"A Makerspace is a place where students can gather to create, invent, tinker, explore and discover using a variety of tools." - Diana Rendina
Today was one of those days, when the stars aligned and a lesson plan came full circle. I love teaching with ozobots. Students are intrigued by how they work and willing to do any type of learning in order to get to use them. For today’s lesson, I created a math review for second grade. Each station had a problem or direction for students to complete and they also practiced drawing lines and codes for the ozobot. There was one ozobot per four students and absolutely no reminders were necessary about patience and taking turns. Instead, I witnessed students teaching students and overheard discussions about what worked and what they wanted to change. Then we wrapped up and had a whole class discussion, through which they planned out next week’s lesson.
Photo Credit – Megan Crawford
Chris O'Brien stated, "As a rule of thumb, project-project-based learning and school makerspaces work much better to motivate students than any marble jar, point system or promise of pizza ever could” (2017). When students complete maker-based projects, they are creating real world things. Throughout this process there is an opportunity for success and also for mistakes. Students have the opportunity to make changes or improvements, to think deeper. As a library media specialist, my role includes empowering students to be creative thinkers, problem solvers and producers.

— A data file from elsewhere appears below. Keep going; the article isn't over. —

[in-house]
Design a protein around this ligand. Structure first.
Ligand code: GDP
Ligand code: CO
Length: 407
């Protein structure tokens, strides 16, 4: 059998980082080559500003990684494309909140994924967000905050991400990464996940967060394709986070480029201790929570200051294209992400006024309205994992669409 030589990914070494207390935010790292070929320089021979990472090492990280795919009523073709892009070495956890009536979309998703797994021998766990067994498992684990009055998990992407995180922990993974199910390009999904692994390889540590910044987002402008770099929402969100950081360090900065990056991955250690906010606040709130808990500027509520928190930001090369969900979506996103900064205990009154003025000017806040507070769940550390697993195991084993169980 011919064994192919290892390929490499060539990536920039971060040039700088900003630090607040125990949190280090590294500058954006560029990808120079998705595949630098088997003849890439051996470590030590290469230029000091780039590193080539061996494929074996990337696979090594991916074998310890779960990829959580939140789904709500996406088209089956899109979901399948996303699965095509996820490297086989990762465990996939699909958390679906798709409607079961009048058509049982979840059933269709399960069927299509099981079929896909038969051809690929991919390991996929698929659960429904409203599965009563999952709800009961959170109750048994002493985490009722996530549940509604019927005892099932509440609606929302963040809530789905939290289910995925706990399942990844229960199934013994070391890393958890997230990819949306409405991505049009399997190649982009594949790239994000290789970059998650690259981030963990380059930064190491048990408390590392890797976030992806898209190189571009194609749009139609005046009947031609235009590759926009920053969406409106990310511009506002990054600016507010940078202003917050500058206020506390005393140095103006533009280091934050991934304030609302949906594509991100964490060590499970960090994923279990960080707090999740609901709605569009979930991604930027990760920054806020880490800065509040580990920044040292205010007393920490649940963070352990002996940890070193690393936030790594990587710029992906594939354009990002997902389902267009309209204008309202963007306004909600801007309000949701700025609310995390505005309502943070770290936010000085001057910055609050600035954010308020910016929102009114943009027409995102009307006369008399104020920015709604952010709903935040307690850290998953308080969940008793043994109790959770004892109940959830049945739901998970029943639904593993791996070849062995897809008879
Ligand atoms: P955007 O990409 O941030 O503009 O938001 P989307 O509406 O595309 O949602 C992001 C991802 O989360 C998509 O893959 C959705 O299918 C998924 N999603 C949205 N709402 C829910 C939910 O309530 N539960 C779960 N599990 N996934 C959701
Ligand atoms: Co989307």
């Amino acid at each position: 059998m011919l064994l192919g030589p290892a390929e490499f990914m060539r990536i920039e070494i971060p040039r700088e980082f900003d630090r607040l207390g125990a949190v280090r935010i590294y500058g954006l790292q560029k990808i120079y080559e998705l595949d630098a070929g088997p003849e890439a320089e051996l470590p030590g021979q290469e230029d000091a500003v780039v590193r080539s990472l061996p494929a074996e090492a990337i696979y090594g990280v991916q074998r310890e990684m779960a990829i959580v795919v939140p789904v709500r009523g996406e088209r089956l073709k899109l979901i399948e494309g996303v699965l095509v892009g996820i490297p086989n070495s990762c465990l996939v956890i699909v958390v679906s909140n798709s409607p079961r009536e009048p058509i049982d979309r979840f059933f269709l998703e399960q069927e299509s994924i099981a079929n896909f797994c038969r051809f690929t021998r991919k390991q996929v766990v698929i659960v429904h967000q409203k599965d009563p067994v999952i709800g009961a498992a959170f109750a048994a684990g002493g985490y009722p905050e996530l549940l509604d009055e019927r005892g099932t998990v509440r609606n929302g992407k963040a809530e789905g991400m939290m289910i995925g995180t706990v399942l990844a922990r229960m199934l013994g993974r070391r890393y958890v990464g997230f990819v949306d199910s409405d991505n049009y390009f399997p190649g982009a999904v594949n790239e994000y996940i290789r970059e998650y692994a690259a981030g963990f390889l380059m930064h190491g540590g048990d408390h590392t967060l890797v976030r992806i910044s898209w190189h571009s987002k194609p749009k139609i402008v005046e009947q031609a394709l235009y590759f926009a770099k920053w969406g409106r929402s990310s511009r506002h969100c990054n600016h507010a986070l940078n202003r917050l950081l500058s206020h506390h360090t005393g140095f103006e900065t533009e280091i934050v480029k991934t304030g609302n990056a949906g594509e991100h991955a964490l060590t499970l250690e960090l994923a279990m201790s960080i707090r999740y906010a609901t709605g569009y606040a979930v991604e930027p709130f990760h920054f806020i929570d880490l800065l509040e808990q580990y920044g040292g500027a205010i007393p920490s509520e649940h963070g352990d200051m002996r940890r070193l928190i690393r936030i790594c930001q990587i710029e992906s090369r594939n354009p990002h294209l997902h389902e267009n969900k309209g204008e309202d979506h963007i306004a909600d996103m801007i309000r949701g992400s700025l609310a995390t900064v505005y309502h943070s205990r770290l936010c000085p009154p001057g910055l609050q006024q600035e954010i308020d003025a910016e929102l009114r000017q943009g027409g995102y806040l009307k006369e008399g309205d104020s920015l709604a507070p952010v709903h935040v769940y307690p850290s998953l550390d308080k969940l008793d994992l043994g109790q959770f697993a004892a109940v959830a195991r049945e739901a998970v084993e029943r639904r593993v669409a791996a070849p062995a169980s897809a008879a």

True or False? Creating a Makerspace is expensive… This is exactly why I do not care for true and false questions – it can be done with a high or low budget. I would like to point out ways you can start out with a low budget.
- Recycle – start a school wide campaign to collect paper towel rolls, toilet paper rolls, tissue boxes, cardboard boxes, plastic bottles and paper.
- Throw away NOTHING – save bubble wrap, packing peanuts and the box it came in.
- Donations – Post a list of items to get you started: pipe cleaners, popsicle sticks, duct tape, masking tape, googly eyes, fabric, thread, yarn, wire, plastic spoons, styrofoam cups, straws and paper plates.
- Take advantage of the other popular trend – “simplifying” When families wonder what to do with toys your kids outgrow suggest they donate them to the school library – Legos, K’nex, Lincoln Logs, Jenga, and Magnatiles are great additions to any Makerspace.
- Garage Sales – I actually had a student pick up and ozobot at a garage sale and donate it to the library.
You can start a makerspace with a few well-placed baskets of “stuff”, however if you are looking for low cost items to purchase, consider Strawbees, Origami paper, Geoboards, Legos, hand-sewing projects and Stop motion Animation. When you have more money to spend consider Little Bits, Ozobots, Snap Circuits, Sphero, Makey-Makey, a green screen and a Lego wall.
Makerspaces take on many styles. In our district alone, each school that has one looks different. One elementary has a very successful club that meets after school. Others have a space in their library that teachers can bring their students to, and then there are those like mine that have a few items teachers check out and use in the classrooms. My advice is to start with what you are comfortable with. For me it is ozobots, which opened doors to collaboration with teachers and engaged learners. Although I am still very new at the Maker Movement, I invite you to join me on my journey.
- What experiences are you trying to create with Makerspaces?
- What learning goals and outcomes do you want to achieve in this space?
- How would a Makerspace benefit visual, auditory and kinesthetic learners?
- What standards and learning goals can be met through Makerspaces?